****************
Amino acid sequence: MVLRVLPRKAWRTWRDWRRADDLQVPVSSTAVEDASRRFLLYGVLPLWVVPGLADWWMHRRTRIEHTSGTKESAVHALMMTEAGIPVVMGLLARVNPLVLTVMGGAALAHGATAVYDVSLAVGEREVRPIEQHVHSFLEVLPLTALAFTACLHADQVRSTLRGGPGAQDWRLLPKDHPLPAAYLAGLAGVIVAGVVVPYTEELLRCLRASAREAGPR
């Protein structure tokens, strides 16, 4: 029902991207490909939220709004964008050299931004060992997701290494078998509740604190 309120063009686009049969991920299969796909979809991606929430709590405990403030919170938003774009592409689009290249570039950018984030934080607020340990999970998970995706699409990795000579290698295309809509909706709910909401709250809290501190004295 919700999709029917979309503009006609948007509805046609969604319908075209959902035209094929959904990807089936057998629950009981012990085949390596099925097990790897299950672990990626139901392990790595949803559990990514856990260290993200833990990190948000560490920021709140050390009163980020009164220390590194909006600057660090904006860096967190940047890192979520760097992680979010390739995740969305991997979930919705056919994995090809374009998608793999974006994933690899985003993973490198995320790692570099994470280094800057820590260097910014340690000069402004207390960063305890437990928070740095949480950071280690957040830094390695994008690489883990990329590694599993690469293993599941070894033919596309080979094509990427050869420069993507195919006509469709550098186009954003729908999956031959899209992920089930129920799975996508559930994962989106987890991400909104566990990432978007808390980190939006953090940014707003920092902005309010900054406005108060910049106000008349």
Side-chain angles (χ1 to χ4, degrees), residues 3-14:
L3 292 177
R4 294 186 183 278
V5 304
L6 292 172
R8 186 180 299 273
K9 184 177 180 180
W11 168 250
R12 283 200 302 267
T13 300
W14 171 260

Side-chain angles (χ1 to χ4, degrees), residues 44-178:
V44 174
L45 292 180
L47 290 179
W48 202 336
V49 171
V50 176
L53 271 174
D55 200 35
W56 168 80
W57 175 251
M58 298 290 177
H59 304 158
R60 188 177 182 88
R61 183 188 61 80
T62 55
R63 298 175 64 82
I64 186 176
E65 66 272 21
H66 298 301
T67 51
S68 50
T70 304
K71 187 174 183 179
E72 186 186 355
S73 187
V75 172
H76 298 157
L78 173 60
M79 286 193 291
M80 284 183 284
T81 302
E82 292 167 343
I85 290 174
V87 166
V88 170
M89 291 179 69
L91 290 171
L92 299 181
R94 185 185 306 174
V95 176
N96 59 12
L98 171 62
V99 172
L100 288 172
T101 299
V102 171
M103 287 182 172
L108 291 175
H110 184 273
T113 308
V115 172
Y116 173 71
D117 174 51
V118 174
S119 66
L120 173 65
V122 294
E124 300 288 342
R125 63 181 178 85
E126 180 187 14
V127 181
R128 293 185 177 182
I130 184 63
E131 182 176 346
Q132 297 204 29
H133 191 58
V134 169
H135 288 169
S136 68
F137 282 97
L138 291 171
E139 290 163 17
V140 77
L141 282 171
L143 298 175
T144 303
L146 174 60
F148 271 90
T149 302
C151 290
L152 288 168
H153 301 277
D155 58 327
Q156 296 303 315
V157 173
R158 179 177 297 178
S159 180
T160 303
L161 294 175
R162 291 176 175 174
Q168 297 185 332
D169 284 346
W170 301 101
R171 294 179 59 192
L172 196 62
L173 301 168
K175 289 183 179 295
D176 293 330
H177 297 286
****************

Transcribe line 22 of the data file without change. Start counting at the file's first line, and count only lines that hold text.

D55 200 35